Senate Republicans plan to unveil their second attempt at repealing and replacing the Affordable Care Act on Thursday, hoping to find a legislative sweet spot to attract 50 votes for the bill and keep their long-standing promise to dismantle former President Barack Obama’s signature legislative achievement.
But passing this bill is just the beginning of fixing problems with the nation’s health care industry, said Sen. Thom Tillis of North Carolina.
“What most people fail to mention when they oppose the bill is that this is not a once-and-done process. This is the first step of a series of legislative actions we’ll have to take and administrative actions to fix it,” said Tillis, a first-term Republican. “We need to put in a foundation we can build on.”
Getting enough support to pass a first attempt at repeal and replace has proven difficult, however.
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The House narrowly passed a bill — the American Health Care Act — after its initial attempt stalled. The Senate planned a vote on its own proposal before its Fourth of July break, but Republican leaders were forced to abandon that plan due to a lack of support among both conservative and moderate members of the caucus.
The Congressional Budget Office found that 22 million more Americans would be without health insurance by 2026 if the Senate bill became law.
Unlike several Republican colleagues, neither Burr nor Tillis have publicly expressed reservations about the bill.
Even a revised bill, which is likely to include concessions to both the left and right of the party, faces an uncertain fate in the Senate.
In March, before the House passed its version of the bill, President Donald Trump suggested reform would be a three-step process, including regulatory fixes and a second piece of legislation to allow health insurance to be sold across state lines.
Tillis echoed that sentiment, saying it would require “a commitment” to fill in “gaps” left by passing the Senate version, known officially as the Better Care Reconciliation Act.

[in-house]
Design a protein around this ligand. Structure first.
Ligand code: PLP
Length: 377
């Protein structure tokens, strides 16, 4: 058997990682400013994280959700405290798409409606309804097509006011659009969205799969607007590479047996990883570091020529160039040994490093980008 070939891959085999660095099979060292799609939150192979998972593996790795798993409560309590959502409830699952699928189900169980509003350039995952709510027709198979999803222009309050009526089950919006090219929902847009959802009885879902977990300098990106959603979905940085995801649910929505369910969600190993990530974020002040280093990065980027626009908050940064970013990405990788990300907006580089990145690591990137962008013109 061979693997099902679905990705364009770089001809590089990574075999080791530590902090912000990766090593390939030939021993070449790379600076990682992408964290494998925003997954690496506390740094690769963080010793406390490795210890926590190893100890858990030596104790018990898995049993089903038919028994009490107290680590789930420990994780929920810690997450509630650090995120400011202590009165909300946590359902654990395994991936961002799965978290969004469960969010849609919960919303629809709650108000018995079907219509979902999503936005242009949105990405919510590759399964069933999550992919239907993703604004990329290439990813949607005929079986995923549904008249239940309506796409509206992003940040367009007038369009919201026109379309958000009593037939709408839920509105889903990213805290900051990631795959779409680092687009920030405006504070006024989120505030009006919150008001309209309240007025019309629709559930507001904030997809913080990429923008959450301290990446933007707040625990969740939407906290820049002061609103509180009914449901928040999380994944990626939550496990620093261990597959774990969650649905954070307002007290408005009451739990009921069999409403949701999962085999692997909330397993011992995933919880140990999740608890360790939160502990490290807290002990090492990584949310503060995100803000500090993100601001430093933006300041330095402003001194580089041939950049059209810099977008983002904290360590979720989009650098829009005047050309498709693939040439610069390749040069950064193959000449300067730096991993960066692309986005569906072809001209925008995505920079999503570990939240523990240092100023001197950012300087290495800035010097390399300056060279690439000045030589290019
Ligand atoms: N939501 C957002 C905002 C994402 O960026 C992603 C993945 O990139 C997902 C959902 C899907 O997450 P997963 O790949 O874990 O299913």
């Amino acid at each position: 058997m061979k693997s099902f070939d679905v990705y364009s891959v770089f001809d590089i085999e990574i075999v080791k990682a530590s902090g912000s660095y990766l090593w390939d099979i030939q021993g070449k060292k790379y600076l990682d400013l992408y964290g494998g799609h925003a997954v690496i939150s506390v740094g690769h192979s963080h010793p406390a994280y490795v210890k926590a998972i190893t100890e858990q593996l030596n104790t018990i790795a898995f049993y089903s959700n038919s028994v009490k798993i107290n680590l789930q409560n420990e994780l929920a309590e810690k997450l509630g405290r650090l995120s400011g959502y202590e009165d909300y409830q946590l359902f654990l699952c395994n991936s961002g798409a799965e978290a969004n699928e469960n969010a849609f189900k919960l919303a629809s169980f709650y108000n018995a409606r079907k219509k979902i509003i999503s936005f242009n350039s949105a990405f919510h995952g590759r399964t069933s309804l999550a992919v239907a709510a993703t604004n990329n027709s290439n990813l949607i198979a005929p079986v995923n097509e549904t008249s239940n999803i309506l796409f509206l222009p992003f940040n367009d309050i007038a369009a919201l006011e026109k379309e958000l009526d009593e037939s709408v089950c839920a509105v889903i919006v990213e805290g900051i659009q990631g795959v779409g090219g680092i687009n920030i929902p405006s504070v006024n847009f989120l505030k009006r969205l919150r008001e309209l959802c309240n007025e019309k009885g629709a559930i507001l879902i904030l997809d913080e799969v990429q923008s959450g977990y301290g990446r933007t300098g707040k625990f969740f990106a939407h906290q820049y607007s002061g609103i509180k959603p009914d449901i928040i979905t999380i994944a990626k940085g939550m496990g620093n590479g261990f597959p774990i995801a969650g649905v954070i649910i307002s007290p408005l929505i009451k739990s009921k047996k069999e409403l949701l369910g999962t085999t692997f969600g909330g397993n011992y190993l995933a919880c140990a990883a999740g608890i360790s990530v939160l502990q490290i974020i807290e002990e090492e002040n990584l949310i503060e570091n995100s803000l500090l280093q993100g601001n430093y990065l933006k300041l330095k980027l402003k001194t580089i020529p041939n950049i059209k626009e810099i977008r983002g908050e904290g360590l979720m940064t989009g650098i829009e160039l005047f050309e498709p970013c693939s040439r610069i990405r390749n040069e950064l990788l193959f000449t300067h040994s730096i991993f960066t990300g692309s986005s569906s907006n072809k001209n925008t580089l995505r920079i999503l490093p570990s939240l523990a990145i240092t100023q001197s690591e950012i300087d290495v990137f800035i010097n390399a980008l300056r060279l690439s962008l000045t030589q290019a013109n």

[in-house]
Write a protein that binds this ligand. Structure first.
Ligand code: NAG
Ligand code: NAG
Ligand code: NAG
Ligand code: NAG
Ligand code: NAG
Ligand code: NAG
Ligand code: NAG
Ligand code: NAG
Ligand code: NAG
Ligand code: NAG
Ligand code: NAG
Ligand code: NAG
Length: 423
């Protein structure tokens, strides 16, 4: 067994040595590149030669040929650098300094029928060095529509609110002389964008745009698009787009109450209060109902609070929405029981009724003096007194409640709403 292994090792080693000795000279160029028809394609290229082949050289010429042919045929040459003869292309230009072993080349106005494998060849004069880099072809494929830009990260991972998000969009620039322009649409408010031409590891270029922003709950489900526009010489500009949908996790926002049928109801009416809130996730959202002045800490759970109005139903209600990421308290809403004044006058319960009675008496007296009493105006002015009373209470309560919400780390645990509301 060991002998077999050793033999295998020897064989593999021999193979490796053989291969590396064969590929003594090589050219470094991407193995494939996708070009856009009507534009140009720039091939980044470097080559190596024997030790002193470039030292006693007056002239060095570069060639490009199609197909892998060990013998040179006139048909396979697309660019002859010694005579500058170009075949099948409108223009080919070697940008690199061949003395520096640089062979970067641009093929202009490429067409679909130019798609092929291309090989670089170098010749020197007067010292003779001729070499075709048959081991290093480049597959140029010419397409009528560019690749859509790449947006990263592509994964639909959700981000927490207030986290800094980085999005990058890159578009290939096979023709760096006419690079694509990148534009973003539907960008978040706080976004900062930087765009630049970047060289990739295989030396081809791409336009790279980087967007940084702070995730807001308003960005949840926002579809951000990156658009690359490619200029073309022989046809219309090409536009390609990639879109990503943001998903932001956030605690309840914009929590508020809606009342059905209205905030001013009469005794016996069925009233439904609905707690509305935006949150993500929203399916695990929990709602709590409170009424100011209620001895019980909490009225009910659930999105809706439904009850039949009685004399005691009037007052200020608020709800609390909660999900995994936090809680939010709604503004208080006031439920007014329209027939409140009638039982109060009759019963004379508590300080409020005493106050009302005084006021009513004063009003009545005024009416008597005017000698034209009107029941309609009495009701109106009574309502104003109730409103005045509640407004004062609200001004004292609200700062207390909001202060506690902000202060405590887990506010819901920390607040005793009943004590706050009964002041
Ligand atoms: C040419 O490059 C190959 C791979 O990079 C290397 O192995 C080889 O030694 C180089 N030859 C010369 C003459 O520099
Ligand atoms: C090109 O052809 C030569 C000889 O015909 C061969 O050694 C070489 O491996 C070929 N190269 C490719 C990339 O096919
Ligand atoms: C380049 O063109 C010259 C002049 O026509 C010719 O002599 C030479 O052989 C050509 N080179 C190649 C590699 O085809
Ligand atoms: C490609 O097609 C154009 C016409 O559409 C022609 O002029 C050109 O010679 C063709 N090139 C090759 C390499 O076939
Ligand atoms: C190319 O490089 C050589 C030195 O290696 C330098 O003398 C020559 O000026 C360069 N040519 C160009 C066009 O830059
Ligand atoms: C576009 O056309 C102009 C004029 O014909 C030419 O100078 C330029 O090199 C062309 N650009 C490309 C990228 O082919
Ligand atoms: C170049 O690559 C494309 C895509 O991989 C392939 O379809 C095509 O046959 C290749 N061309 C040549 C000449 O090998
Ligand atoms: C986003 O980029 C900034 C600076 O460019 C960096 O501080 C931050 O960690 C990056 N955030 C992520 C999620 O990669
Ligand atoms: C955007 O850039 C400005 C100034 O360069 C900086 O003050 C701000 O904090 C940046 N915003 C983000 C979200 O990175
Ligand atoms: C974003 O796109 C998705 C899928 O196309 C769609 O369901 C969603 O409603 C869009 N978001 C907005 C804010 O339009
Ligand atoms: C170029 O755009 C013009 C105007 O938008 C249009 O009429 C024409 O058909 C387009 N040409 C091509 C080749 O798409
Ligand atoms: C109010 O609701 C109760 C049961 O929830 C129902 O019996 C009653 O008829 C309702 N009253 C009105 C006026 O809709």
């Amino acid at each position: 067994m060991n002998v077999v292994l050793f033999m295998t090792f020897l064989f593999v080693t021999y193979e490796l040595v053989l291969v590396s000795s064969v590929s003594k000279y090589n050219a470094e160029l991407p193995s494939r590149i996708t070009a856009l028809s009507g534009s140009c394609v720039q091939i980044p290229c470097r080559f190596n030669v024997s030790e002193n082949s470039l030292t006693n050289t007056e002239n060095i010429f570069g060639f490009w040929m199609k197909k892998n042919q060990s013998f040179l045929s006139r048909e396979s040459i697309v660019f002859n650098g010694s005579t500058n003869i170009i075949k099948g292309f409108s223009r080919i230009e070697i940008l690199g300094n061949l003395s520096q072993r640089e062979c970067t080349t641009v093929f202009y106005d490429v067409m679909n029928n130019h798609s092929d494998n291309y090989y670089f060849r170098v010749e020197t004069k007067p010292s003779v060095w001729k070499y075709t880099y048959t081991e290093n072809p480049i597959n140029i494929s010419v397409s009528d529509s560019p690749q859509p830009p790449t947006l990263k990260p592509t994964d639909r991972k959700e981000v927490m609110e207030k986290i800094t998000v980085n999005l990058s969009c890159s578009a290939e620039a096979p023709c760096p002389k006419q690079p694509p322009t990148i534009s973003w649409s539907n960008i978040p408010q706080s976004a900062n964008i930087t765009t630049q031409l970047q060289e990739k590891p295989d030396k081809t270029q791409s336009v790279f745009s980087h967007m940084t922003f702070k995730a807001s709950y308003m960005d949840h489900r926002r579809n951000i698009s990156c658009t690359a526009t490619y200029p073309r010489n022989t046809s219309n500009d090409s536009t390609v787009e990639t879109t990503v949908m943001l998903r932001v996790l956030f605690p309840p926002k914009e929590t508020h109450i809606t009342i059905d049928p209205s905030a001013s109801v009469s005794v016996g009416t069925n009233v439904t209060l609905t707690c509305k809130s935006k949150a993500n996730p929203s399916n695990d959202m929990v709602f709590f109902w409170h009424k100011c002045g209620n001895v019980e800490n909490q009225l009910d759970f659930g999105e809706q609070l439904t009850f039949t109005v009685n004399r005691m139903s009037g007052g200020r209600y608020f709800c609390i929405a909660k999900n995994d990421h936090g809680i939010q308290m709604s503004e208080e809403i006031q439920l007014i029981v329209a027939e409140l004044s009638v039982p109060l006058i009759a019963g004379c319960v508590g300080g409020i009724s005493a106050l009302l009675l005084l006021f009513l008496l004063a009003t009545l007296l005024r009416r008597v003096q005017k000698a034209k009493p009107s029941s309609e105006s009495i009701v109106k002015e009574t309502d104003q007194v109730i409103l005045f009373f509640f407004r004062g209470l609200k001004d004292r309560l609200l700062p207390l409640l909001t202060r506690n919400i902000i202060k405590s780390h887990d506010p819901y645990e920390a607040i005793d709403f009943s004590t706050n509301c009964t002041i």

“I think that there will be gaps that we’ll have to fill,” Tillis said. “We have a gaping hole in terms of the current policy. ... We simply can’t, I’m convinced, chip around the edges or trim around the edges.”
But Republicans need only look across the aisle to see what could happen to future plans. Democrats lost their majorities in the House and Senate after passing the Affordable Care Act and never got an opportunity to make fixes to the law, leaving Obama to stymie Republican efforts to get rid of the legislation.
Tillis said he has been working with state legislative leaders to make sure the Senate bill meets North Carolina’s needs and fits with state policy, including a plan to revamp Medicaid spending. State lawmakers passed a Medicaid overhaul in 2015, but they need federal permission to implement the changes.
“(Legislative leaders) know that thematically what we’re proposing in terms of state waivers and moving along with Medicaid reforms that we already started putting in place when I was serving down there, that it’s consistent with where they want to go anyway,” said Tillis, who served as North Carolina state House speaker from 2011 to 2014.
North Carolina is one of 19 states that did not expand Medicaid after passage of the Affordable Care Act, also known as Obamacare. Medicaid covers 1.9 million North Carolina residents, particularly low-income children and their parents and disabled people. The federal government pays about two-thirds of the $15 billion annual cost, but the state administers the program.
The bill could funnel money to the states in block grants or on a per-person basis rather than its current open-ended version. Medicaid spending would be cut by 26 percent by 2026 and by 35 percent by 2036 as compared to its current projection, according to the Congressional Budget Office.
One study, commissioned by the liberal Center for American Progress, found that 1.3 million fewer North Carolina residents could have health insurance under the first version of the Senate bill than under current law, with districts around Charlotte and Wilmington being among the hardest hit in the nation. A study by the Kaiser Family Foundation found that premiums in North Carolina could rise by 109 percent.
But North Carolina Senate leader Phil Berger said the effects of Obamacare have been devastating to the state and said ending it would be good policy.
“Obamacare dramatically increased health insurance premium costs for North Carolinians and generated hundreds of millions of dollars in unfunded Washington spending mandates that diverted our state’s tax dollars from priorities like increasing teacher pay,” Berger, an Eden Republican, said in a statement. “It is far too early in the process to comment on how the final Obamacare repeal bill might impact the state budget, but ending the catastrophic Washington takeover of health care is good policy.”